Federal regulations will allow prawn fishers to freeze their catch at sea, which is valued by those involved in the prawn fishery, according to a qathet region fisher.
“We get to keep some product locally and supply the local market that way,” said Shane Reid, captain of CFV Double Odds. “This means we don’t have to export it all. It’s a lot nicer when you get to keep some home.
“The local people like it. Without that option, you’d only have a month or a month and a half to go down to the dock and get fresh prawns, unless you go out and catch your own.”
Reid said freezing prawn tails at sea is the best way to do it, without any chemicals, in sea water. He said the prawns last for months in the frozen state.
“Unless you can get fresh prawns, that’s the best alternative,” he added.
Reid said being able to sell packaged prawns is advantageous for his business. He usually sells out of prawns before Christmas. This year, he ran out at the beginning of December. He has run out of prawns as early as August.
“It’s getting more popular every year,” said Reid. “I’m glad for the outcome that we can continue to freeze at sea and supply the frozen prawns for the local market.
“There was a lot of work done by our industry, the Pacific Prawn Fishermen’s Association (PPFA) and various politicians, and the local public put their name on petitions, too. It’s been an ongoing process for more than a year now and we got the right outcome.”
According to a media release from federal minister of fisheries, oceans and the Canadian Coast Guard Joyce Murray, feedback from the PPFA and prawn harvesters over the course of the 2020 to 2021 season helped inform Fisheries and Oceans Canada’s efforts to clarify existing regulations that apply to the practice of onboard freezing of prawns (known as prawn tubbing) in the commercial prawn fishery. The release stated that for the 2022 to 2023 prawn and shrimp by trap season, harvesters may continue using existing containers to package frozen prawn tails in liquid, such as seawater, onboard their vessels.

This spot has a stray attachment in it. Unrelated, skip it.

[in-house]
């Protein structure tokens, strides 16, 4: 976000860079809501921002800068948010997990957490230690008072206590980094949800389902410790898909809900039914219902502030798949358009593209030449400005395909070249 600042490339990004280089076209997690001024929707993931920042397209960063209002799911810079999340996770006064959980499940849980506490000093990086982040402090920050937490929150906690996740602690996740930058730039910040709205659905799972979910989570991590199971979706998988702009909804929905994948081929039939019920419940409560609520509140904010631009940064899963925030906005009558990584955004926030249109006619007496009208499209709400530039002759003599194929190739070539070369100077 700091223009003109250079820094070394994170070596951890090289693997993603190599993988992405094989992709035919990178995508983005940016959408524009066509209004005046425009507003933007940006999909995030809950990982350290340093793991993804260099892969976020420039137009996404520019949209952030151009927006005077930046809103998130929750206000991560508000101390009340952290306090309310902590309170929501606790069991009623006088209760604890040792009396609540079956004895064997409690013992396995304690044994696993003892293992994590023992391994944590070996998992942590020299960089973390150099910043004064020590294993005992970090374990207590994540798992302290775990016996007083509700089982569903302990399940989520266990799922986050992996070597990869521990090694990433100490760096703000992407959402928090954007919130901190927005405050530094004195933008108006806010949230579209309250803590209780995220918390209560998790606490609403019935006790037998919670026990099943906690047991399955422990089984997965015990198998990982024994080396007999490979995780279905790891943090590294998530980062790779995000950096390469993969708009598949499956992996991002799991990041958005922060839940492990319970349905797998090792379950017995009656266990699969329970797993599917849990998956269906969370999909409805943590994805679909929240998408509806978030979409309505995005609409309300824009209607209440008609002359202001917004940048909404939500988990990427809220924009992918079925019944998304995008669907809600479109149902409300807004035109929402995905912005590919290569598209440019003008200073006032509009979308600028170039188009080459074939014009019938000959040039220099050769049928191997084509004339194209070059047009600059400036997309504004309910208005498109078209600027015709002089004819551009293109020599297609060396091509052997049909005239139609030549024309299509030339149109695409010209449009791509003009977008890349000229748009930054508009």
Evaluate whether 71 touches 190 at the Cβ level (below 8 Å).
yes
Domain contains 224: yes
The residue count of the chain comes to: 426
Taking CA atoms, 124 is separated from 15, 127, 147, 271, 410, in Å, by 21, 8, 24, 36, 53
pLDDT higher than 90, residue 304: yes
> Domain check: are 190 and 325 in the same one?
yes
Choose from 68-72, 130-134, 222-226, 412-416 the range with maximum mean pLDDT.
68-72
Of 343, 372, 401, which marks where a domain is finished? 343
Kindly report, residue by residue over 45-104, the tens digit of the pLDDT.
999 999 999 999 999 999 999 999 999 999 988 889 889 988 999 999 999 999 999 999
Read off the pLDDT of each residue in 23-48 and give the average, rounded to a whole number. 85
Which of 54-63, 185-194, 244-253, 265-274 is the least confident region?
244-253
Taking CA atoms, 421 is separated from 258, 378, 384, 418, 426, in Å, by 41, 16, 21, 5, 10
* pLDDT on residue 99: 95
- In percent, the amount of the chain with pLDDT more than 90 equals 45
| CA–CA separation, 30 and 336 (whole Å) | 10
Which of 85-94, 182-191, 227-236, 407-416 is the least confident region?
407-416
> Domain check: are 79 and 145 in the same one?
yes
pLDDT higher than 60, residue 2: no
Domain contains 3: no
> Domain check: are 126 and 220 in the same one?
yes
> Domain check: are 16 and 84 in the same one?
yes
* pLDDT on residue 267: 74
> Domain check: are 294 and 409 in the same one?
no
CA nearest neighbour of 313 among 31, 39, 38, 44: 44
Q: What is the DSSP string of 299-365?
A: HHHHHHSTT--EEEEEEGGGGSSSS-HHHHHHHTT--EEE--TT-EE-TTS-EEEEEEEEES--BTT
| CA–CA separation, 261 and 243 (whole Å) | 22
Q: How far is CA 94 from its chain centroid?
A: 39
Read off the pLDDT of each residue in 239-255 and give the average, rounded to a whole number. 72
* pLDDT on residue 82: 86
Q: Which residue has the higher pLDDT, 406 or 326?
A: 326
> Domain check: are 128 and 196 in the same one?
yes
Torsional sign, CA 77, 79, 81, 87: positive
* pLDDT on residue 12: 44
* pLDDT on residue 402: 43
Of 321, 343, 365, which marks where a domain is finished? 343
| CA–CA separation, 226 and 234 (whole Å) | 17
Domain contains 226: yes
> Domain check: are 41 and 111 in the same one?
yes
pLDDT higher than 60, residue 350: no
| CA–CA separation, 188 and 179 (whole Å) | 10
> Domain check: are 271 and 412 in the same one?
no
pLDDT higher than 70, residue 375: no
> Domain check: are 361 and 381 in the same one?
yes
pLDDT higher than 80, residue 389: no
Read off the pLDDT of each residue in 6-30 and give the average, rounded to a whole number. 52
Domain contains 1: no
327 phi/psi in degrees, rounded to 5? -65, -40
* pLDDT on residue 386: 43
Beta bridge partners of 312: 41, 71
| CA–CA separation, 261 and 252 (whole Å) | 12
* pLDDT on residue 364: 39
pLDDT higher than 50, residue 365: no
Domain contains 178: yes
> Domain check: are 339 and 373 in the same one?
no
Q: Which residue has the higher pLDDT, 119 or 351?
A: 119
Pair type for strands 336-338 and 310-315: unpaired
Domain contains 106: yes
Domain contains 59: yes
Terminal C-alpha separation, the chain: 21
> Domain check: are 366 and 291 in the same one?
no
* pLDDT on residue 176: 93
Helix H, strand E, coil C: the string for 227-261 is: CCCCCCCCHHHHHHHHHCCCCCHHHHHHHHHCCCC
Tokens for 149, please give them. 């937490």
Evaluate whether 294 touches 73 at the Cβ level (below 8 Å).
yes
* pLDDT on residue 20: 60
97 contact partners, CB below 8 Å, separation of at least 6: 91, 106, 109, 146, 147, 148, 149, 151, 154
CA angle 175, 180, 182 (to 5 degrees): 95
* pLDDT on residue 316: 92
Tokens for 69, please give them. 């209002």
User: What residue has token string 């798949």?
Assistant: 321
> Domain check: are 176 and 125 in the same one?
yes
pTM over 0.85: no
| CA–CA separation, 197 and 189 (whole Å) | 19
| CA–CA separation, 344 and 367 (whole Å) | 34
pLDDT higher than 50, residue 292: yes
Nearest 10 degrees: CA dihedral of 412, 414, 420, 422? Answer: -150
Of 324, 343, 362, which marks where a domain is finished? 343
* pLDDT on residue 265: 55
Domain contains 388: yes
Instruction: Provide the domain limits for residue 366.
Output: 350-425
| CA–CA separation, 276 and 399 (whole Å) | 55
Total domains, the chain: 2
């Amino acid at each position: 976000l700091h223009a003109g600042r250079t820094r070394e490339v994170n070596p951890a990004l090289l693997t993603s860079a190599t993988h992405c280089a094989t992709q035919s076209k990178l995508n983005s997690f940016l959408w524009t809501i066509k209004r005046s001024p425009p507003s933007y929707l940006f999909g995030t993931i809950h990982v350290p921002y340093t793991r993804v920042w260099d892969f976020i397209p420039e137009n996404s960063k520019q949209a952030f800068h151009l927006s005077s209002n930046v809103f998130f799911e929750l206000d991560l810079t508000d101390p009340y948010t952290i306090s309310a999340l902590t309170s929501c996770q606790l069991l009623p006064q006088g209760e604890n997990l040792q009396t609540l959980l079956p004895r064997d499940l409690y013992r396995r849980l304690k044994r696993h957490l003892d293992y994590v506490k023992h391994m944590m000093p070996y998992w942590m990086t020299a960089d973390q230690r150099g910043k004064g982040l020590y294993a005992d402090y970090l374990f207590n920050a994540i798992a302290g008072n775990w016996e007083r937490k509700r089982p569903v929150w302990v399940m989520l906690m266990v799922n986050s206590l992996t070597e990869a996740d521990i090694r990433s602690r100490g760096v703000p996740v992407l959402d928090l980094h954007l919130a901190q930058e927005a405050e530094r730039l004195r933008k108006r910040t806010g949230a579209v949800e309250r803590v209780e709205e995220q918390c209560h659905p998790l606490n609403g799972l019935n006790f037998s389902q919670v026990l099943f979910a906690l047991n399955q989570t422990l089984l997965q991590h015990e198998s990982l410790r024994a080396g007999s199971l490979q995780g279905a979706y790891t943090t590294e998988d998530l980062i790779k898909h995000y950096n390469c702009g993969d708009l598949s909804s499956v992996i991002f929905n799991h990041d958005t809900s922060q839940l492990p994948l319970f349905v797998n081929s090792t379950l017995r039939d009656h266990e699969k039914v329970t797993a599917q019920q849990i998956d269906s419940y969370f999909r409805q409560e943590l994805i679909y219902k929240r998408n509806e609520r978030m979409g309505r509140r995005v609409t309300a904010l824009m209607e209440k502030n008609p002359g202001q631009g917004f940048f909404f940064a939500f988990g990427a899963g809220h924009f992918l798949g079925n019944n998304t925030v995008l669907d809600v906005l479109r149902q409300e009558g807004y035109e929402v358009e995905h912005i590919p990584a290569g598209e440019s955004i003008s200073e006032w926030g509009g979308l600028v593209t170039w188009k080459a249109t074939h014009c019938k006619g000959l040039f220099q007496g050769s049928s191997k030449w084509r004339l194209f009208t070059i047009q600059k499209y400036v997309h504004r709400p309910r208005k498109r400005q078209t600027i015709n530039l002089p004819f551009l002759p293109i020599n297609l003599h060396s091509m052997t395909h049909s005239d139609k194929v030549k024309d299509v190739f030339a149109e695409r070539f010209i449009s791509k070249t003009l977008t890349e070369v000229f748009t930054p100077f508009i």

This decision gives harvesters adequate time to prepare for a transition to new standards for packaging frozen prawn tails in seawater onboard vessels in 2023.
The release stated that for the 2023 season, Fisheries and Oceans Canada intends to update conditions of licence for the commercial prawn fishery to include requirements for the use of transparent packaging and a maximum packaging volume of up to 710 ml – a size commonly used by industry– for packaging frozen prawn tails in liquid onboard vessels. This clarification in the conditions will support fishery officers’ ability to readily determine the species, number, weight and size of the catch.
“The draft 2022 to 2023 prawn and shrimp by trap integrated fisheries management plan continues our government’s ongoing commitment to enhancing the abundance of the Pacific prawn fishery for future generations,” stated Murray. “Through our consultations, we heard the need for predictability and were able to reach a workable proposal that provides the industry certainty, while ensuring the fishery’s long-term sustainability.”
The release stated that proactive conservation measures are critical to sustain a healthy Pacific prawn population today, and to restore abundant stocks for future generations. Close collaboration between the Government of Canada and harvesters is key to getting this important work done, according to the release.